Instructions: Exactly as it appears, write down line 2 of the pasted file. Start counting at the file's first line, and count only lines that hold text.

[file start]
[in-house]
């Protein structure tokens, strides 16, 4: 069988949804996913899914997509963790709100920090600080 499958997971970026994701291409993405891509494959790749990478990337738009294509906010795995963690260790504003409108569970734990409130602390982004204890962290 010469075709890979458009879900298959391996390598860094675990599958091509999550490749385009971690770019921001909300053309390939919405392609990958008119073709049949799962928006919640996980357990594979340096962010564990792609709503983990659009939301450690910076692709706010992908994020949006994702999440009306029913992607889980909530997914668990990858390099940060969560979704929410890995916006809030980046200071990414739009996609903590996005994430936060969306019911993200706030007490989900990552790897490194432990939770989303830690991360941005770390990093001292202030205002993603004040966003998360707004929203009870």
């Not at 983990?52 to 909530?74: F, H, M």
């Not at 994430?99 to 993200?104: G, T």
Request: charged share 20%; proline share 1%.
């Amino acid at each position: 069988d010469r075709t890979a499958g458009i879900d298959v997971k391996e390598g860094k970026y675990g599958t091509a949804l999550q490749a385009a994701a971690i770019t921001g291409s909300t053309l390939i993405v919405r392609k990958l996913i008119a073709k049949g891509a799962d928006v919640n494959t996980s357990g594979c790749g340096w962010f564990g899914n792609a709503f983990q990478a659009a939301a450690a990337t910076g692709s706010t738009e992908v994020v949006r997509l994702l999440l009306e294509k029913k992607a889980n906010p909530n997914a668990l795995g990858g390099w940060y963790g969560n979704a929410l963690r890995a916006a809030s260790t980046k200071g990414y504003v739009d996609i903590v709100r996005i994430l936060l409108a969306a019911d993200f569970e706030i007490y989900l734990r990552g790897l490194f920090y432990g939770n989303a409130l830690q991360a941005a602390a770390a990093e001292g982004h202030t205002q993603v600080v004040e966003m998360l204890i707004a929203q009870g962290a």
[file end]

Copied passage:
């Protein structure tokens, strides 16, 4: 069988949804996913899914997509963790709100920090600080 499958997971970026994701291409993405891509494959790749990478990337738009294509906010795995963690260790504003409108569970734990409130602390982004204890962290 010469075709890979458009879900298959391996390598860094675990599958091509999550490749385009971690770019921001909300053309390939919405392609990958008119073709049949799962928006919640996980357990594979340096962010564990792609709503983990659009939301450690910076692709706010992908994020949006994702999440009306029913992607889980909530997914668990990858390099940060969560979704929410890995916006809030980046200071990414739009996609903590996005994430936060969306019911993200706030007490989900990552790897490194432990939770989303830690991360941005770390990093001292202030205002993603004040966003998360707004929203009870």